Broken | In Fall 2003, seven weeks before my wedding was meant to take place, my then-fiancé and I were having sushi and working out some of my doubts about our compatibility. Although he assured me that our differences were not dealbreakers, he failed to mention his own doubts – doubts that he had already shared with our pastor. Then, a week later, he called off our wedding. I was shocked and confused. Then sad and angry. By Spring 2004, however, I was pretty much over it. My boss had offered me a new job in New York and I was excited to get a fresh start. From what I heard, however, he wasn’t doing well. He was struggling with guilt, which had become mild depression. How was I supposed to feel about this? Should I have been happy that he was hurting, as he had hurt me? [1]

Weeping | In forgiving others, God calls us to grieve – not gloat – over their calamities. Solomon wrote, “Do not rejoice when your enemy falls, and let not your heart be glad when he stumbles, lest the Lord see it and be displeased” [2]. When we do this, we bear the image and heart of our Father – who wept as He justly judged Moab: Therefore I weep with the weeping of Jazer … for over your summer fruit and your harvest the shout has ceased. And joy and gladness are taken away from the fruitful field … I have put an end to the shouting[3].

Forgiving | No, forgiveness does not require us to ignore sin or its horrible consequences [4]. Yet, that doesn’t mean that we can be vindictive towards those who hurt or wrong us. When Thomas Watson asked, “When do we forgive others?”, he answered, “When we strive against all thoughts of revenge; when we will not do our enemies mischief, but wish well to them, grieve at their calamities, pray for them, seek reconciliation with them, and show ourselves ready on all occasions to relieve them” [5].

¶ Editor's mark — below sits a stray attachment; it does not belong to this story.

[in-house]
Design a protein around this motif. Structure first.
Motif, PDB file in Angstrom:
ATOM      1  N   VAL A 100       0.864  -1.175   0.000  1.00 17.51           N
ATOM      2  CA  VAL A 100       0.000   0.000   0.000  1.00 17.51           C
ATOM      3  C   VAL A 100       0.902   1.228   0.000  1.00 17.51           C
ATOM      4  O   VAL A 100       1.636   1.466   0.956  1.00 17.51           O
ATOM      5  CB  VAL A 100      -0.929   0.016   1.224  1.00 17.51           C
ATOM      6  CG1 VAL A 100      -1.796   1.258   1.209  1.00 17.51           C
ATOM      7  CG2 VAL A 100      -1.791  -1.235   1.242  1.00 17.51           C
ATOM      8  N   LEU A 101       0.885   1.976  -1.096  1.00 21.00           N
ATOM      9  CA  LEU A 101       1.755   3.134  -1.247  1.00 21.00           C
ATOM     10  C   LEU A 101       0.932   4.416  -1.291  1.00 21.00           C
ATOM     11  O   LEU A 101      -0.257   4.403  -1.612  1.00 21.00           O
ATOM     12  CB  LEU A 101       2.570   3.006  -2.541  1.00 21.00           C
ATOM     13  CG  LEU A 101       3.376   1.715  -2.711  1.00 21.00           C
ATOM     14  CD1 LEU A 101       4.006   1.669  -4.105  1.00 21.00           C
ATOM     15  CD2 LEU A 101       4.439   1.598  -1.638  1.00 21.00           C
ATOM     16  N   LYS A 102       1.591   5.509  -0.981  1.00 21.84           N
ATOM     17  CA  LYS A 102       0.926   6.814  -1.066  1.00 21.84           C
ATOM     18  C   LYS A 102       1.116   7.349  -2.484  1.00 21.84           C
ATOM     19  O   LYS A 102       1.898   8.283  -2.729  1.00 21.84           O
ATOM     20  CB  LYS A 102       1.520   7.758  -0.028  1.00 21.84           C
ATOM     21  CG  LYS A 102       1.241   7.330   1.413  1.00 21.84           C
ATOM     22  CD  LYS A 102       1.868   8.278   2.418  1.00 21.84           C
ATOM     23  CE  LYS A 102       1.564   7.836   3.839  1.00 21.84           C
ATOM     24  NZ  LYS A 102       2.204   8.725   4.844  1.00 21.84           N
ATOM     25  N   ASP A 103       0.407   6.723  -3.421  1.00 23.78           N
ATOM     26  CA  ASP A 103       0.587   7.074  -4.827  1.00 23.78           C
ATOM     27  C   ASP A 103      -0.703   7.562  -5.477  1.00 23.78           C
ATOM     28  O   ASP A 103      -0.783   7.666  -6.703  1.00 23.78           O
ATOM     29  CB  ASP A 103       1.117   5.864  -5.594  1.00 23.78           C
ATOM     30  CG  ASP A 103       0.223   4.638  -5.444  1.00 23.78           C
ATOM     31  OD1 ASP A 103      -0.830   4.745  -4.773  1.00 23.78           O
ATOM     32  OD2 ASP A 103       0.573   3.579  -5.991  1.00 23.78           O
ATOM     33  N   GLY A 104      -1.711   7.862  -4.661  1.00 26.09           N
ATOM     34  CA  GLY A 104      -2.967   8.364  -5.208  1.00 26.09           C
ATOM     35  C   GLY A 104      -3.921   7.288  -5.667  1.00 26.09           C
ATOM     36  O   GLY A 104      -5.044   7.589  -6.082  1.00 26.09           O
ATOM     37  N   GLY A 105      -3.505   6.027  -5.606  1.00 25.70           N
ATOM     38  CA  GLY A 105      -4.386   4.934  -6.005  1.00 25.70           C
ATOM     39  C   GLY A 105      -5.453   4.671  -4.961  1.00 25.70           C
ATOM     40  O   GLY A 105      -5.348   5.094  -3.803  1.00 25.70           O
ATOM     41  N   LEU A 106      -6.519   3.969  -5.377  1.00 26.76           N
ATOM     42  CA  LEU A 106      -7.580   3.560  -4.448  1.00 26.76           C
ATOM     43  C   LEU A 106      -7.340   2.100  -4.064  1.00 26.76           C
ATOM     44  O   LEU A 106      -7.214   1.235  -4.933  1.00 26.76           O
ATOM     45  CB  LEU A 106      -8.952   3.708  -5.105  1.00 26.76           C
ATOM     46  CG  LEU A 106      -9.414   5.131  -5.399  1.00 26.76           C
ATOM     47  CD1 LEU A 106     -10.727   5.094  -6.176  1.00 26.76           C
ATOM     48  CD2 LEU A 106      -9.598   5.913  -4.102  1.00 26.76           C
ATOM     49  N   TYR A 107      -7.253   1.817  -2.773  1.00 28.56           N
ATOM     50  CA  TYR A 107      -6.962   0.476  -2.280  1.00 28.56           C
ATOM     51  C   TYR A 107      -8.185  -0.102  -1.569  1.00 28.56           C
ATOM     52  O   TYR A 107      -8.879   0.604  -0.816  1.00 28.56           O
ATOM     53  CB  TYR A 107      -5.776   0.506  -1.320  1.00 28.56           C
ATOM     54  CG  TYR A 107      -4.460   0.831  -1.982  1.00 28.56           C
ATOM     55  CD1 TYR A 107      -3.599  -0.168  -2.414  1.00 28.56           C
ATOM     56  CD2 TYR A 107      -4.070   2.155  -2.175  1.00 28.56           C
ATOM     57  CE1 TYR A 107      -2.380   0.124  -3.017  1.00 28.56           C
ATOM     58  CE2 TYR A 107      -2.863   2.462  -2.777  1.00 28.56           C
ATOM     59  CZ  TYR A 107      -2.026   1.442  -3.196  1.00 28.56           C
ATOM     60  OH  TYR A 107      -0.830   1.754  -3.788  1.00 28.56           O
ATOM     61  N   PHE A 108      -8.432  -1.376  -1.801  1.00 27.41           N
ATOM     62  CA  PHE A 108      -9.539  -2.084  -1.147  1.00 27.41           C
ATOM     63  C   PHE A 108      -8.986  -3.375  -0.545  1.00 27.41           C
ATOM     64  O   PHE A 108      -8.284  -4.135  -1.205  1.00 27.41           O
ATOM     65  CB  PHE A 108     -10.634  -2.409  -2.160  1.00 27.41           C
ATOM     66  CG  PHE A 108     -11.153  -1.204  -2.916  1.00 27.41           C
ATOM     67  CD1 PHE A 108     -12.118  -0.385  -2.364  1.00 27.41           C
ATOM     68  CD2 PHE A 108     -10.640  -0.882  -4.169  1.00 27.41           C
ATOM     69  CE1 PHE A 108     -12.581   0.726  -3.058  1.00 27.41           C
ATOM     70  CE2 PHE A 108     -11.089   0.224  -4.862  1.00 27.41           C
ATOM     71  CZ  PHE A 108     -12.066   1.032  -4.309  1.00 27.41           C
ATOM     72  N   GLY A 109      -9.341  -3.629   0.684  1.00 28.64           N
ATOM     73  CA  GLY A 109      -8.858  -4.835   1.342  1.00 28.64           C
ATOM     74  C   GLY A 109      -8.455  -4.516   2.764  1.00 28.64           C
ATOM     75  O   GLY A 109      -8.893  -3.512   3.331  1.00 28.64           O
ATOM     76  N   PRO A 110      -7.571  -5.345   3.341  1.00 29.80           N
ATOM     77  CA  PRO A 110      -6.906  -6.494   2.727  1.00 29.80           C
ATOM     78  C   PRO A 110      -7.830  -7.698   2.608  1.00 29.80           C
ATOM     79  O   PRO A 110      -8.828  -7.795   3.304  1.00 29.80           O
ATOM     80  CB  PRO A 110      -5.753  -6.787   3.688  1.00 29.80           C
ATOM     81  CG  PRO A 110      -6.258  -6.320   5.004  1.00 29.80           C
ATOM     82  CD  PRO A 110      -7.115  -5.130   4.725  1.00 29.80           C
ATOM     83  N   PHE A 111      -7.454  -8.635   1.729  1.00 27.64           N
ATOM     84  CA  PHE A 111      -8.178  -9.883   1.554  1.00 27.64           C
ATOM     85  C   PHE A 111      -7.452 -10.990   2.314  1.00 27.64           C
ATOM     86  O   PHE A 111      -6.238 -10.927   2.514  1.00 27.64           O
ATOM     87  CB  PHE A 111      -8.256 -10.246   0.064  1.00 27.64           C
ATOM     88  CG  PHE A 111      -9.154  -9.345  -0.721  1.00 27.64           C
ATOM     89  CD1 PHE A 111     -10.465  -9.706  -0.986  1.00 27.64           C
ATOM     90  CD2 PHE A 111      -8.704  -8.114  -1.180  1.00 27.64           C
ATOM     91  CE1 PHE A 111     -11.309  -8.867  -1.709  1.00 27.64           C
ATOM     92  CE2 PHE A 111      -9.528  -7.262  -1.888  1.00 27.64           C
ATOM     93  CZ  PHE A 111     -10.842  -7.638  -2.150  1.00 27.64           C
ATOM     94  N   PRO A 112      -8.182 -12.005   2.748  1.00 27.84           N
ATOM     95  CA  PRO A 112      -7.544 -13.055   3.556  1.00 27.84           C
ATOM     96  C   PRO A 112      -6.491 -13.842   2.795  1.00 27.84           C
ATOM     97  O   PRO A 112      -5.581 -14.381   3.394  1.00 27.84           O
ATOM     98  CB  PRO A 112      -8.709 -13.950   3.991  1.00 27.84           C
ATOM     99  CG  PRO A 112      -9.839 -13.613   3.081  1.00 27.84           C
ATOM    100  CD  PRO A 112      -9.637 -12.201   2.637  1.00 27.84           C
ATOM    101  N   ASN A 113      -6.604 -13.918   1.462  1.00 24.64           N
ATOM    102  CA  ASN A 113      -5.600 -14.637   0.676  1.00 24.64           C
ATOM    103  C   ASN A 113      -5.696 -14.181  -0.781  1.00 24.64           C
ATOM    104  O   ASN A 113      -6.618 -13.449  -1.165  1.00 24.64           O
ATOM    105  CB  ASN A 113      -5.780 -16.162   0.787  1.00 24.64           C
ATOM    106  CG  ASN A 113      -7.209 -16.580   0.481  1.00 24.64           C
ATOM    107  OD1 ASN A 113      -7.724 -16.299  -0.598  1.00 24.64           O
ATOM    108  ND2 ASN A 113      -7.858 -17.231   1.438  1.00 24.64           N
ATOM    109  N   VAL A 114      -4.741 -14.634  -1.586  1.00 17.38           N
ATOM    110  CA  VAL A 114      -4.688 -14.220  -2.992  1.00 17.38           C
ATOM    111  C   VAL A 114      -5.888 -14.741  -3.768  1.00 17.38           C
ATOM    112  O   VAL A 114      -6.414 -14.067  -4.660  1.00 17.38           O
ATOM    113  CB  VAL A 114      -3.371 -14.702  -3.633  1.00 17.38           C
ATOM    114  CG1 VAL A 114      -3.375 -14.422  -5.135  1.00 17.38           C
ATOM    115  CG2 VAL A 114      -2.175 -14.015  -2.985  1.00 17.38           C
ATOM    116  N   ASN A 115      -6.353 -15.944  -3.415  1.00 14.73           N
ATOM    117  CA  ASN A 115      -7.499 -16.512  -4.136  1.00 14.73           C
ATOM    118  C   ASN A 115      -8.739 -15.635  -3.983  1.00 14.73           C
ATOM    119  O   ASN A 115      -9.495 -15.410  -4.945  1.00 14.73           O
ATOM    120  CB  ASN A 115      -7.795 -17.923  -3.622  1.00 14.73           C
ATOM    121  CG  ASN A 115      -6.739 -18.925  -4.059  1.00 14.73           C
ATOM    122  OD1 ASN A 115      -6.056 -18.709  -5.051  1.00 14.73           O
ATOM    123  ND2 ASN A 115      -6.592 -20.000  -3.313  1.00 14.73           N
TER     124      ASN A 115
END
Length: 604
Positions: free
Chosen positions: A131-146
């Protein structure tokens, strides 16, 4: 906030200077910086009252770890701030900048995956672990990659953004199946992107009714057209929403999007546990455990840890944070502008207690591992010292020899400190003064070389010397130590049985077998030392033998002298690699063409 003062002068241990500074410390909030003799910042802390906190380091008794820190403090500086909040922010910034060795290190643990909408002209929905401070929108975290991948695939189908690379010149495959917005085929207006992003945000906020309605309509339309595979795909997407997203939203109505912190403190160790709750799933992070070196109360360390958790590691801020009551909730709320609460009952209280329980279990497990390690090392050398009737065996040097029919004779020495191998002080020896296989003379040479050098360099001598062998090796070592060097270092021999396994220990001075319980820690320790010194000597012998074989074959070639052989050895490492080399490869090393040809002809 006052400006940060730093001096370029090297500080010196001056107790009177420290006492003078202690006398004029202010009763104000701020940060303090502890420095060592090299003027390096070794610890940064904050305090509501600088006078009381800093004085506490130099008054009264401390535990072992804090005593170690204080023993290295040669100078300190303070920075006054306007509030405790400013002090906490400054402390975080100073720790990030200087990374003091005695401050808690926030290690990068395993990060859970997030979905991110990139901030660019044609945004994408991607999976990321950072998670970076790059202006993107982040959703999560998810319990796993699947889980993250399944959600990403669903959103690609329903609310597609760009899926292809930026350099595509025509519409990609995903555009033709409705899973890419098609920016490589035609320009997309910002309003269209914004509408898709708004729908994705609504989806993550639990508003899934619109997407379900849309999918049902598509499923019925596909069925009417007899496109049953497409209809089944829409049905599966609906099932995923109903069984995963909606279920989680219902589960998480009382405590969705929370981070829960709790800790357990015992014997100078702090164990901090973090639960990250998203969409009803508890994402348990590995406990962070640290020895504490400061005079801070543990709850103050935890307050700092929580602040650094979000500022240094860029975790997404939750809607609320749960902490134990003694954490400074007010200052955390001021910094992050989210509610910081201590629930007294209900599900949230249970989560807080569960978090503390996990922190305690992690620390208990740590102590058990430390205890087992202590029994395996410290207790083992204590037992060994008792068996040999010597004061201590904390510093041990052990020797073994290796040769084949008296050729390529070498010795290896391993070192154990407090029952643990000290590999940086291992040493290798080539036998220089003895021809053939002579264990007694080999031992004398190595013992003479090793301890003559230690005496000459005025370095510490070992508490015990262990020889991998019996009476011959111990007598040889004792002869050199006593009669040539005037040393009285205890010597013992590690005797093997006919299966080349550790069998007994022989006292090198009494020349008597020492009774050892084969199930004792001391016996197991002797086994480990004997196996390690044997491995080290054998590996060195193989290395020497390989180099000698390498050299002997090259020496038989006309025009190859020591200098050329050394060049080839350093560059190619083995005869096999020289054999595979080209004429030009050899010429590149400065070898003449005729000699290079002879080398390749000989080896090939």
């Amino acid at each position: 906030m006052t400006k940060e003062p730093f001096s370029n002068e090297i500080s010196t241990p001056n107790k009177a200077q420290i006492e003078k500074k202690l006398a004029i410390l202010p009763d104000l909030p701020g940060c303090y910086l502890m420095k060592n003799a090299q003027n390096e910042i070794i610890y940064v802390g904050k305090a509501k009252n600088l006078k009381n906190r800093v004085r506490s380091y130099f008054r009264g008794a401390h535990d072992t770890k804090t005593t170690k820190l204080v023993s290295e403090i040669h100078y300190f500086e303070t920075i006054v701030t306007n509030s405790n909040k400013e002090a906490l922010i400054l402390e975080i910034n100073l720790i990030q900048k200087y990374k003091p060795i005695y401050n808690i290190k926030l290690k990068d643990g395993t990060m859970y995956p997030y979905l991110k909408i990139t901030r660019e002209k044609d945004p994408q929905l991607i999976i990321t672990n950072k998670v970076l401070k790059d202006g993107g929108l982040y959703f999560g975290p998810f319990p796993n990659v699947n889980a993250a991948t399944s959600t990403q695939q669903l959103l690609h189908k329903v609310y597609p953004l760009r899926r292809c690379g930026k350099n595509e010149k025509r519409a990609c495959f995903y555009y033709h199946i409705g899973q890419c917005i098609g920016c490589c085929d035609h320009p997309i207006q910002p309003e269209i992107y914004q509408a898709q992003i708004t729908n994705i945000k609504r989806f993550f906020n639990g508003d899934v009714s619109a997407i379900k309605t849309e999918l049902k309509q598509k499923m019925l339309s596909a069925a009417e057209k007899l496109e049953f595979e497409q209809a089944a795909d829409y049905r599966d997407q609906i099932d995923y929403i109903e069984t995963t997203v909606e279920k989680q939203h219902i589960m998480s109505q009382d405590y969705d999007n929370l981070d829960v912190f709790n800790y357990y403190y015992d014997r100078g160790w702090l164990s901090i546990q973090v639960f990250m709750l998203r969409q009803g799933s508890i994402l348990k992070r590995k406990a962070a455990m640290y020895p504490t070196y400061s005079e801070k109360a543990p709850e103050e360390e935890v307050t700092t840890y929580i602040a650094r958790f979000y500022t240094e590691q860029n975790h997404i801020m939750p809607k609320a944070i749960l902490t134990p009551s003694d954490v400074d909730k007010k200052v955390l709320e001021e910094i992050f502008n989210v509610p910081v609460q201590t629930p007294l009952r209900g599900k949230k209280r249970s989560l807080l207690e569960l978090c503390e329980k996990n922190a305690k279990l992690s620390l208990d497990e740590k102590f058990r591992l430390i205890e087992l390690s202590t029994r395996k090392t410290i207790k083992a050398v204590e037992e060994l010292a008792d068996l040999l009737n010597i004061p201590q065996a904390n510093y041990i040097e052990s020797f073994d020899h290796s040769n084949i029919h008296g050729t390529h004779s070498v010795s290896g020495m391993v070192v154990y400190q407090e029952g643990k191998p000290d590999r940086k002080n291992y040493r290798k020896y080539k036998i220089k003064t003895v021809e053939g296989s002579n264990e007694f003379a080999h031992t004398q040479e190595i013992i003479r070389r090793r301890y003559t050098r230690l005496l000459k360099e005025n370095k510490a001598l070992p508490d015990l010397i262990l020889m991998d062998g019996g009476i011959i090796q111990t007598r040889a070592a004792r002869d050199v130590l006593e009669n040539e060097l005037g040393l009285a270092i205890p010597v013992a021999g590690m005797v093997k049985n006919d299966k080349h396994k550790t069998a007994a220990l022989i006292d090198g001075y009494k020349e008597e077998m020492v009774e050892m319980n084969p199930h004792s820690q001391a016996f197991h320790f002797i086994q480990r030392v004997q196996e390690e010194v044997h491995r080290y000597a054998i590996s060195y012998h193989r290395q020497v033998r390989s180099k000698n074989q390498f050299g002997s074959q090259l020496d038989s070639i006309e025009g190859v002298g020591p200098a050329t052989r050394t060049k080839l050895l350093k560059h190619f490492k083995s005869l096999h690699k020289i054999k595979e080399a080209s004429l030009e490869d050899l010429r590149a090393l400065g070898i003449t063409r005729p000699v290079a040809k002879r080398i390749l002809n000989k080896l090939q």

Praying | Lord, People wrong us all the time – whether it’s the person who has seriously injured us or the person on the subway who annoyed us. In all these instances, we struggle with wanting to get even. Yet, we know that you died for us when we were still your enemies. Therefore, we pray to stand in the power of your forgiveness, ready to love others with forgiving hearts. Amen.

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Footnotes

[1] I do not mean to give a wrong impression about my ex-fiancé. He was – and is – a wonderful and godly man who made the right decision in a difficult situation. In no way was he my “enemy” in the sense that many in our world have enemies (e.g., victims of the Rwandan genocide or the German concentration camps). He was confused and that confusion unfortunately led to not sharing some relevant information. We have all done this, including me.  |  [2] Prov. 24:17-18 ESV  |  [3] Is. 16:9-10 ESV  |  [4] In his work, A Body of Divinity (published in 1692), Thomas Watson wrote about forgiveness. He said, “We are not bound to trust an enemy; but we are bound to forgive him.” Similarly, he asked, “Is God angry with his pardoned ones?” In other words, do the ones who have His forgiveness still incur punishment? His answer: “Though a child of God, after pardon, may incur his fatherly displeasure, yet his judicial wrath is removed. Though he may lay on the rod, yet has taken away the curse. Correction may befall the saints, but not destruction.” See also Heb. 8:12; 12:6, 10; 1 Sam. 13:14 and 2 Sam. 12:9-14 (David still lost the son he had with Bathsheba after he committed adultery); Num. 14:12-23 (the Israelites were still prohibited from entering the Promised Land after they failed to trust that God would fight for them); Ps. 99:8.  |  [5] A Body of Divinity (published in 1692).